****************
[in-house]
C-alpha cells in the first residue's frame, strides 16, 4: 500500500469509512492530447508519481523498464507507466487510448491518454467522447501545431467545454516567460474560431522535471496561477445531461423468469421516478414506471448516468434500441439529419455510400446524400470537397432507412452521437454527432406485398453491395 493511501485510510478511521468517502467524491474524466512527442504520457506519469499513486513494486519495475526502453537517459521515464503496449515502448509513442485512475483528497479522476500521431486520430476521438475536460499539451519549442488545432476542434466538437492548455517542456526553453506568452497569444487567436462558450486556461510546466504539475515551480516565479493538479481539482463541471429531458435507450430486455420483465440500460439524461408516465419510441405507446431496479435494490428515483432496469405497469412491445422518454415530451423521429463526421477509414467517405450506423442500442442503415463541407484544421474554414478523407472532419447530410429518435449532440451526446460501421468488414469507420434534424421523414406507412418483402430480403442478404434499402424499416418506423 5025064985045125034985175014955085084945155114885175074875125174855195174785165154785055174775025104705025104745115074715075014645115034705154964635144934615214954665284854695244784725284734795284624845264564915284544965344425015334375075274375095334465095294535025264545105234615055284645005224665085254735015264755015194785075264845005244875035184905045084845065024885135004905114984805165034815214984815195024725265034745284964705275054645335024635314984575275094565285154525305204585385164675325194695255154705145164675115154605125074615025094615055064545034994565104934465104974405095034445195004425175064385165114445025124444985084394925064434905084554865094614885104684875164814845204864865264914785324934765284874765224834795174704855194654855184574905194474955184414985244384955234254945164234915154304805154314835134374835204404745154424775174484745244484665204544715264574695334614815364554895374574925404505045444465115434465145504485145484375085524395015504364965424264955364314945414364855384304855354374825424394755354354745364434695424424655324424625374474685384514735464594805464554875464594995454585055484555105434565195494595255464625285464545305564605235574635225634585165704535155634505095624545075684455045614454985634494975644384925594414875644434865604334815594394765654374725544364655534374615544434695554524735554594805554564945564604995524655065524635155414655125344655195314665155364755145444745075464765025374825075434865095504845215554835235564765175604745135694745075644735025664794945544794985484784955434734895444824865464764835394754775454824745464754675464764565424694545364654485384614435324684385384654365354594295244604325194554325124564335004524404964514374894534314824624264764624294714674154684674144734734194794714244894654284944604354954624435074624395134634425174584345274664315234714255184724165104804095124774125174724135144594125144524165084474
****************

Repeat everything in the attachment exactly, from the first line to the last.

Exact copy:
[in-house]
C-alpha cells in the first residue's frame, strides 16, 4: 500500500469509512492530447508519481523498464507507466487510448491518454467522447501545431467545454516567460474560431522535471496561477445531461423468469421516478414506471448516468434500441439529419455510400446524400470537397432507412452521437454527432406485398453491395 493511501485510510478511521468517502467524491474524466512527442504520457506519469499513486513494486519495475526502453537517459521515464503496449515502448509513442485512475483528497479522476500521431486520430476521438475536460499539451519549442488545432476542434466538437492548455517542456526553453506568452497569444487567436462558450486556461510546466504539475515551480516565479493538479481539482463541471429531458435507450430486455420483465440500460439524461408516465419510441405507446431496479435494490428515483432496469405497469412491445422518454415530451423521429463526421477509414467517405450506423442500442442503415463541407484544421474554414478523407472532419447530410429518435449532440451526446460501421468488414469507420434534424421523414406507412418483402430480403442478404434499402424499416418506423 5025064985045125034985175014955085084945155114885175074875125174855195174785165154785055174775025104705025104745115074715075014645115034705154964635144934615214954665284854695244784725284734795284624845264564915284544965344425015334375075274375095334465095294535025264545105234615055284645005224665085254735015264755015194785075264845005244875035184905045084845065024885135004905114984805165034815214984815195024725265034745284964705275054645335024635314984575275094565285154525305204585385164675325194695255154705145164675115154605125074615025094615055064545034994565104934465104974405095034445195004425175064385165114445025124444985084394925064434905084554865094614885104684875164814845204864865264914785324934765284874765224834795174704855194654855184574905194474955184414985244384955234254945164234915154304805154314835134374835204404745154424775174484745244484665204544715264574695334614815364554895374574925404505045444465115434465145504485145484375085524395015504364965424264955364314945414364855384304855354374825424394755354354745364434695424424655324424625374474685384514735464594805464554875464594995454585055484555105434565195494595255464625285464545305564605235574635225634585165704535155634505095624545075684455045614454985634494975644384925594414875644434865604334815594394765654374725544364655534374615544434695554524735554594805554564945564604995524655065524635155414655125344655195314665155364755145444745075464765025374825075434865095504845215554835235564765175604745135694745075644735025664794945544794985484784955434734895444824865464764835394754775454824745464754675464764565424694545364654485384614435324684385384654365354594295244604325194554325124564335004524404964514374894534314824624264764624294714674154684674144734734194794714244894654284944604354954624435074624395134634425174584345274664315234714255184724165104804095124774125174724135144594125144524165084474